China ends fertiliser price controls
Hepeng Jia/Beijing, China
China has abolished its decade-long regulation of fertiliser prices - but the move has received only lukewarm welcome from an industry struggling due to the economic slowdown.
The liberalisation measures, announced on 24 January 2009 by the National Development and Reform Commission and the Ministry of Finance, lifted the price controls on all fertilisers except potash fertiliser. However, production subsidies will be retained, and support for efficient fertiliser use will be expanded.
Fertiliser prices in China have slumped as farmers cut costs
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Economists and industry have long called for the deregulation, but the government has been reluctant to relax its price controls because agriculture has been such a political priority. Yet the move follows a dramatic recent drop in demand, meaning industry hasn't enjoyed the benefit.
'The whole industry is suffering an oversupply due to economic shrinkage, and the abolishment [of price control] has had only a very limited impact,' says Xu Hongzhi, an analyst as Beijing-based agricultural consulting firm BOABC.
According to the Ministry of Agriculture, sulfuric acid-based fertiliser cost 24 per cent less in November 2008 than in October, and 33 per cent less than during the same month in 2007. In December, the price dropped further still.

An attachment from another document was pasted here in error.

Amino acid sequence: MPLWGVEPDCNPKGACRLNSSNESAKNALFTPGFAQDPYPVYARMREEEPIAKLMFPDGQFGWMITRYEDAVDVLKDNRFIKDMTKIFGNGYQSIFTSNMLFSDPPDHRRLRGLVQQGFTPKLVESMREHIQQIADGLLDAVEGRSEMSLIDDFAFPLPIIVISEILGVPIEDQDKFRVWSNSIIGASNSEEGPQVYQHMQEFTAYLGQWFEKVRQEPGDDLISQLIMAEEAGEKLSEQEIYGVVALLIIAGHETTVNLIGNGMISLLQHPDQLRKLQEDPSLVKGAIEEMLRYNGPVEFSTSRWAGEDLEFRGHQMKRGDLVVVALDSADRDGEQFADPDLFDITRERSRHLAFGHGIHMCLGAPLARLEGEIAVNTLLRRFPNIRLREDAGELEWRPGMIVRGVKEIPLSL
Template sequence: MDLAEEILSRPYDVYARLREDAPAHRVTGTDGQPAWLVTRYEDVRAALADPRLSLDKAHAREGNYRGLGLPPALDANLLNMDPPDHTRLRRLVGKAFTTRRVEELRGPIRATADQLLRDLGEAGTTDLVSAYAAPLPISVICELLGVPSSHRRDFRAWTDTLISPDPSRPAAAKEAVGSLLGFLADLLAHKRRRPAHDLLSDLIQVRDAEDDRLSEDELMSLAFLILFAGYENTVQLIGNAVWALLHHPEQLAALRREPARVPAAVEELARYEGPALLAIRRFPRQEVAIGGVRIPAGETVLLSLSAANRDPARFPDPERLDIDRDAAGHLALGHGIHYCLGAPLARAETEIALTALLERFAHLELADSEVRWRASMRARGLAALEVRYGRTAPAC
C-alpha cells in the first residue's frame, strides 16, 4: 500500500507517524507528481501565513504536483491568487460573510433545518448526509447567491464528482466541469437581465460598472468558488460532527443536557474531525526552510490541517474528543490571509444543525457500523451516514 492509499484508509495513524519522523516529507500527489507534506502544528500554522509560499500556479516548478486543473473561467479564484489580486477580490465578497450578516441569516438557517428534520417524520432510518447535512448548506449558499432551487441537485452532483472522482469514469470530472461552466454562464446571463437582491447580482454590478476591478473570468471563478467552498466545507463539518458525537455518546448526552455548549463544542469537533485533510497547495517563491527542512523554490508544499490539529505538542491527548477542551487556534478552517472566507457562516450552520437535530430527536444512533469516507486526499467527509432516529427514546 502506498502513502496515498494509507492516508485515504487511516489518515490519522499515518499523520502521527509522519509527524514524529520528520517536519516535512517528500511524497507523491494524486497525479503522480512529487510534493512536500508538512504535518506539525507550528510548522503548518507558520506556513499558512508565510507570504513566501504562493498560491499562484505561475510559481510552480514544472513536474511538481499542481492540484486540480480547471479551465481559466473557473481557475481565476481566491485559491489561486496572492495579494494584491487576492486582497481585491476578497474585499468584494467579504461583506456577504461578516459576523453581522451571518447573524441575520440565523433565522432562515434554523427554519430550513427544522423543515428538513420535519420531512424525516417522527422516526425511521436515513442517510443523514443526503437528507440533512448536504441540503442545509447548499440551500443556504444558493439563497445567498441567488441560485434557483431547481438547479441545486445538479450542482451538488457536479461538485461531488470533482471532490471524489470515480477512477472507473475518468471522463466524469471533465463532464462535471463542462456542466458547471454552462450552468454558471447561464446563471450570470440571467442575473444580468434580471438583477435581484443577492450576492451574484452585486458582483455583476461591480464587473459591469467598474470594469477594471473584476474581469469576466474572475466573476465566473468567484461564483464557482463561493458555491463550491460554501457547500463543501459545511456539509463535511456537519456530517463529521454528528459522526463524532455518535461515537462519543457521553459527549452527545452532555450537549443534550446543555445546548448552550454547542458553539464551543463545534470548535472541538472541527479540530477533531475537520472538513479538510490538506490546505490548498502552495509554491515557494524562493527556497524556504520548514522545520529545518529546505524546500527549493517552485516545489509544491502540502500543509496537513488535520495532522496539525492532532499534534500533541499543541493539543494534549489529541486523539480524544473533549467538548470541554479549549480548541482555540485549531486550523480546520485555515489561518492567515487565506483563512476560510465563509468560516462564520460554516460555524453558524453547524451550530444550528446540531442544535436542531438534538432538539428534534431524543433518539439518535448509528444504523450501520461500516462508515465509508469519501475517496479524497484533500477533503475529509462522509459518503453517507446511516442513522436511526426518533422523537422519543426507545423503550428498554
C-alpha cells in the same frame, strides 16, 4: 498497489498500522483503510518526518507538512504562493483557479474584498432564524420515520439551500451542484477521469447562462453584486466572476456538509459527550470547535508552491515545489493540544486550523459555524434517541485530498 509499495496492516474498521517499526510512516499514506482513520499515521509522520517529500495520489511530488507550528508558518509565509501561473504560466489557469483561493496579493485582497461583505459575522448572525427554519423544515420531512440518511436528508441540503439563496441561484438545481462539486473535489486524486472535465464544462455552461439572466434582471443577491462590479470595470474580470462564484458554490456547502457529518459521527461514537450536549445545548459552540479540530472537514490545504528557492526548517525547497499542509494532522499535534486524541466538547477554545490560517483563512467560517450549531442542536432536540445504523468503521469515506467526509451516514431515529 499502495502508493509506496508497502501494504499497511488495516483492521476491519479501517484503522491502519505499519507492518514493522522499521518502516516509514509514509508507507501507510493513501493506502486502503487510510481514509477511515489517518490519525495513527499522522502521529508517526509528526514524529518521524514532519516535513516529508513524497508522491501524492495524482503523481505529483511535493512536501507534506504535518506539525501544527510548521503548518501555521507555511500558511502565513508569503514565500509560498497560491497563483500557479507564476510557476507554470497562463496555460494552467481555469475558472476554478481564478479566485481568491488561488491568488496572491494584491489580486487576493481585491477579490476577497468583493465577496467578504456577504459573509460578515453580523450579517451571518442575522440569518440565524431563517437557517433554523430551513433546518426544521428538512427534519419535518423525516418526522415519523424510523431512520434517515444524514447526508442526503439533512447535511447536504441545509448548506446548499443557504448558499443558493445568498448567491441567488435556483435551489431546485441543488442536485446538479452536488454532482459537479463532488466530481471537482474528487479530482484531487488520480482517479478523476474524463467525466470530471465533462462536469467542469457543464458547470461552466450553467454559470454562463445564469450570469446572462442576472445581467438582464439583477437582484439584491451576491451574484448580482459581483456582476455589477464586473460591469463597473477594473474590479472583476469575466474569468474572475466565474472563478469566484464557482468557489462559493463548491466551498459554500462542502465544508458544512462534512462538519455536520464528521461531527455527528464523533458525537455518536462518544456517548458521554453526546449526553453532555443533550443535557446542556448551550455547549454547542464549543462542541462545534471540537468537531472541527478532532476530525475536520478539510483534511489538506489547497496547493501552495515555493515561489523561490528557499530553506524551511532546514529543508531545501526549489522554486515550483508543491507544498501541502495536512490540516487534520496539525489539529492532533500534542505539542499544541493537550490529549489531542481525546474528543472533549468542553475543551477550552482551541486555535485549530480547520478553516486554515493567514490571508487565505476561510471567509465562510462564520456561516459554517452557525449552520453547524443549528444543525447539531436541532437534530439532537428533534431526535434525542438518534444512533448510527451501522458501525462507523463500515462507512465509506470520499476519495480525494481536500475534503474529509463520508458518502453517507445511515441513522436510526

Price deregulation is likely to benefit the bigger players in the market, say analysts. Xu Wenbin, an analyst at Wuhan-based Changjiang Securities, says that price controls were never effectively implemented during the busy farming season, because the numerous fertiliser producers and the vast rural population made the sector difficult to regulate.
'The big players in the industry were more obedient to the price control and so they were disadvantaged in their competition with the smaller producers who ignored the price cap. Without the control, big players can dominate the industry,' Xu Wenbin told Chemistry World.
Xu Wenbin adds that in the long term, lifting the price control should see the fertiliser industry become more market-oriented - the ultimate goal of China's economic reform.
But Xu Hongzhi says that even after the economic crisis ends, the exemption of price control may not attract new investors to enter the field. 'The capital-intensive industry is still limited by the availability of raw material and the control on the more valuable potash fertiliser. Investors will have to think before they decided to come in,' he told Chemistry World.